In the Appalachian coal mines, the descendants of Irish and Scottish immigrants still do a disproportionate amount of dying in the mines that feed the US’s need for electric power. But people of Irish descent are well represented in boardrooms, legislative houses and other centers of power across the country.

Yet the specific question for cultural appropriation is even more complicated.

EDIT: I had previously stated that the English never appropriated the cultures of the Welsh, Scottish and Irish. Several commenters have corrected me on this.

Sometimes I think the real basis of cultural appropriate is not modern avarice, but ancient awe. I think on some level Anglo culture has never forgotten that when London was a cesspit, the Mughals ruled a powerful empire, Istanbul with THE City, center for culture and power, held in awe throughout Europe, and Ancient China was a united power when William the Conquer was in nappies. And even if Anglo culture didn’t exist yet when the pyramids were raised, what European traveller, however firm in his superiority, could not be overwhelmed faced with the glories of ancient Egypt? Cultural appropriation happens, I believe, because we recognize the wonders of other cultures, and rather than being willing to come as students and learn from the wisdom and might of others, we insist on coming as thieves, taking the work of others and trying to make it our own.

There was no cultural appropriation of the Irish in Britain. That waited for the US. Yet… within the US, Irish culture was not sought out by Anglos and other ‘white’ folk (b/c the Irish were not considered ‘white’ for long periods of US history). Irish culture came to America with the Irish themselves, as they worked to recreate and hold onto the traditions that had been stripped from them. The popularity of Irish music in America is as much cultural appropriation as the popularity of rap or jazz. Both are attempts by a displaced and broken people to create or retain something of their own in a place where they have been stripped of their past and made into the ‘other’.

But… St. Patrick’s Day. Oh, that may be the most complicated of all. For Saint Patrick’s Day is the day when EVERYONE can be Irish. It is literally day publicized specifically for the appropriation of Irish culture by everyone in the US. It is a holiday built on cultural appropriation. Isn’t it?

Well, let’s get back to where we started – yes, no and 42.

You see, while St. Patrick’s Day celebrations in America originated in Irish-American’s desire to connect with each other and their cultural heritage, in the mid 19th century when discrimination against Irish was at its height, Irish-American’s organized politically and used St. Patrick’s Day as part of their organization. They pushed to make St. Patrick’s Day a revelry celebrated across the nation. The transformation of St. Patrick’s Day from a relatively sedate celebration of pride in one’s heritage into the drunken revelry it is today can be directly linked back to this push. So is it oppression and cultural appropriation for the non-Irish to take up a celebration vigorously promoted by the Irish? in a country where the vast majority of people are a quarter this and a quarter that when we look at nationality and national culture rather than race, is someone with an Irish great-great-grandparent celebrating their heritage or stealing someone else’s when they get drunk on green beer and wear “Kiss me, I’m Irish buttons?” Factor in that commercially St. Patrick’s Day is widely promoted by Irish companies making money off of Irish traditions being celebrated by both Irish and non-Irish people…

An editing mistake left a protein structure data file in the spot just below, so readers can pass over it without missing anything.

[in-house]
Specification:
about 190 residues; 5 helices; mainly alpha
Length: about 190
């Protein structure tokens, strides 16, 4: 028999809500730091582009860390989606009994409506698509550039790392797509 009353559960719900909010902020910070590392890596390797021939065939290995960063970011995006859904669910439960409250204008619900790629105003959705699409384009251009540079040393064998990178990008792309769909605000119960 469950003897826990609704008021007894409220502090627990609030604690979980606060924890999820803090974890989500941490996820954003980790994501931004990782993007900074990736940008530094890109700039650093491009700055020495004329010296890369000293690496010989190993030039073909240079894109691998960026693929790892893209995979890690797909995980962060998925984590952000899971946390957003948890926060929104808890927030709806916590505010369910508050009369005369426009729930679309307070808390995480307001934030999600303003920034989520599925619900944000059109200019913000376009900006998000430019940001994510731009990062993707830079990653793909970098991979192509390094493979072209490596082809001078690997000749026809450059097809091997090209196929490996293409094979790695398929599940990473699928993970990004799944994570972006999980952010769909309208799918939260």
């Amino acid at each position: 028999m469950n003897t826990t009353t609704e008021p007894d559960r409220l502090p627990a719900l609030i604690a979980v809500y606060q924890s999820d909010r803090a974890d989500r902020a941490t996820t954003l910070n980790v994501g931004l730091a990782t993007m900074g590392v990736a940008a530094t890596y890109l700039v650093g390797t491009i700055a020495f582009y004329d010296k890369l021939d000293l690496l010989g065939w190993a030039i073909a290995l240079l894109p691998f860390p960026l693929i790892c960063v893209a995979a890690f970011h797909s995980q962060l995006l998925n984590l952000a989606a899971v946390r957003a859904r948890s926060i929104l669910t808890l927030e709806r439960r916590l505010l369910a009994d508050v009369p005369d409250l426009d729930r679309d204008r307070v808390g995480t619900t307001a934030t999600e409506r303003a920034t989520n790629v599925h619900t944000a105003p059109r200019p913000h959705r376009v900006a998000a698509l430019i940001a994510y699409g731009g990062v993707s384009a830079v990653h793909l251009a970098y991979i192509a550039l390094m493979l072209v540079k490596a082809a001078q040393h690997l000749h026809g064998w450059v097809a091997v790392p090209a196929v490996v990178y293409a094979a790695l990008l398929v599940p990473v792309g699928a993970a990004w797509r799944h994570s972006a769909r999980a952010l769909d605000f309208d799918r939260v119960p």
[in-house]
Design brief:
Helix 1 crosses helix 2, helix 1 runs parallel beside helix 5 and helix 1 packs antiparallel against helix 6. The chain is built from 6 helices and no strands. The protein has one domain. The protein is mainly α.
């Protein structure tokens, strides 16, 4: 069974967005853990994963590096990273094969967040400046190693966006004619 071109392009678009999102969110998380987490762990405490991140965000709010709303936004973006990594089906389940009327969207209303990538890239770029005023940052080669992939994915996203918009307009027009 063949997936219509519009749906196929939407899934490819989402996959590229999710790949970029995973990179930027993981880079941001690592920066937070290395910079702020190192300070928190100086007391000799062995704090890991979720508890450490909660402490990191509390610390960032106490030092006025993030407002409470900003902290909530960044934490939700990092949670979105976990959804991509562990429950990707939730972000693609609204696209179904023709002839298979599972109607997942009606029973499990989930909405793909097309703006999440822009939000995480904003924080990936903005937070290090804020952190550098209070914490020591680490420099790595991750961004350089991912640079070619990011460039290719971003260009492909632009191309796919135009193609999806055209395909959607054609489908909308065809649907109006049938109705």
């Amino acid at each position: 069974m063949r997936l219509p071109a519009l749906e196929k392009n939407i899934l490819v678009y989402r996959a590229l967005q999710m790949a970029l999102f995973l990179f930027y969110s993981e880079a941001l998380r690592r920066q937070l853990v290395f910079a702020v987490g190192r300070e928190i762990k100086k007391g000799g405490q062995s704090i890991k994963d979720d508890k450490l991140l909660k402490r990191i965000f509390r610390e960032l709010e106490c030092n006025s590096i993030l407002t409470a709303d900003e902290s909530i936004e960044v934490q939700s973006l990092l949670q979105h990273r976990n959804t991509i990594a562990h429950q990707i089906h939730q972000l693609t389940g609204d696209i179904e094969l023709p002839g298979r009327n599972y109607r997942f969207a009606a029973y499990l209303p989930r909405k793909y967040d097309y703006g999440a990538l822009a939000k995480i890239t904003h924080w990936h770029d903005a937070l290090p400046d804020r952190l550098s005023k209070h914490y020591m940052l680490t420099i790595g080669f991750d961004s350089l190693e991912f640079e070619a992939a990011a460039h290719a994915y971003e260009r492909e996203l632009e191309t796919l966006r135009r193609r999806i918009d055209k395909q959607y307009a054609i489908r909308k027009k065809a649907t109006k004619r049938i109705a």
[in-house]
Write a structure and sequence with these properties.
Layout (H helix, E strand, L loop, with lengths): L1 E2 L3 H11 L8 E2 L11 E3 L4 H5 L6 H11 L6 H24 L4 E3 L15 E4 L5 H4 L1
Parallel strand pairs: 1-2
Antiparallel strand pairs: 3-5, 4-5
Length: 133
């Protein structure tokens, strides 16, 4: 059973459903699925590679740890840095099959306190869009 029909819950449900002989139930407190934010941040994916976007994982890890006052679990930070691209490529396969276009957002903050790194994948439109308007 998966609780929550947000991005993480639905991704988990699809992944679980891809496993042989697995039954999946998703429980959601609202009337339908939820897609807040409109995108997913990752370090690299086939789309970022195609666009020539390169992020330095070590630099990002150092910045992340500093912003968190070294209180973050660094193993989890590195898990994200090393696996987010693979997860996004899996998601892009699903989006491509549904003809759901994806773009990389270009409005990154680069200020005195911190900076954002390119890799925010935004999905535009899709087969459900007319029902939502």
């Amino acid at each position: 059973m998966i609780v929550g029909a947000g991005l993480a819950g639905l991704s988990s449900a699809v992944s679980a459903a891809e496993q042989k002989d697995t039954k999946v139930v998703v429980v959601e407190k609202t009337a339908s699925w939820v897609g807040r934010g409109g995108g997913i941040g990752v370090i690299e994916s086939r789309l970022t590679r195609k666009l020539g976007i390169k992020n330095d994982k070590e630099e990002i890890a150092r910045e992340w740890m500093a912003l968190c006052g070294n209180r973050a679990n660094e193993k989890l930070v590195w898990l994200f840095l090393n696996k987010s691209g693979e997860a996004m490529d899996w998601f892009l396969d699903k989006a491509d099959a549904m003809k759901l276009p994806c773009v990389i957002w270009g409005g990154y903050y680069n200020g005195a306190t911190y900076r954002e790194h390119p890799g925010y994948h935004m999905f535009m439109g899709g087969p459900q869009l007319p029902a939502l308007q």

And what about St. Patrick’s Day in other parts of the world? St. Patrick’s day is celebrated in several Asian countries, parts of the Caribbean and even Russia.

In the end, I can understand an Irish person trying to hold onto their culture being upset, insulted and dismayed by the drunken revelry that St. Patrick’s has become in the US. I do think it is a kind of cultural appropriation, when non-Irish try to claim for themselves Irish-ness on this day that is traditionally an important holiday and a cultural unification for people of Irish decent in the US. But I also think that such a person needs to recognize that whatever cultural appropriation may be happening one day a year, is not in the same league as the culture appropriation going back centuries faced by PoC from around the world.

And whatever oppression the Irish have faced in the US in the past, they have levered themselves into a position of privilege, and it is important to recognize that fact. Any structural ethnocentrism which remains in UK is oppression and needs to be fought. But oppression is not always international, and a person of Irish descent in the US is not dealing on a daily basis with the oppression in the UK, while they are benefiting on a daily basis from the privilege of being white.

We all function in a matrix of both privilege and oppression. Recognizing the ways we or our cultures are oppressed does not give us a pass on the privilege we benefit from.

Advertisements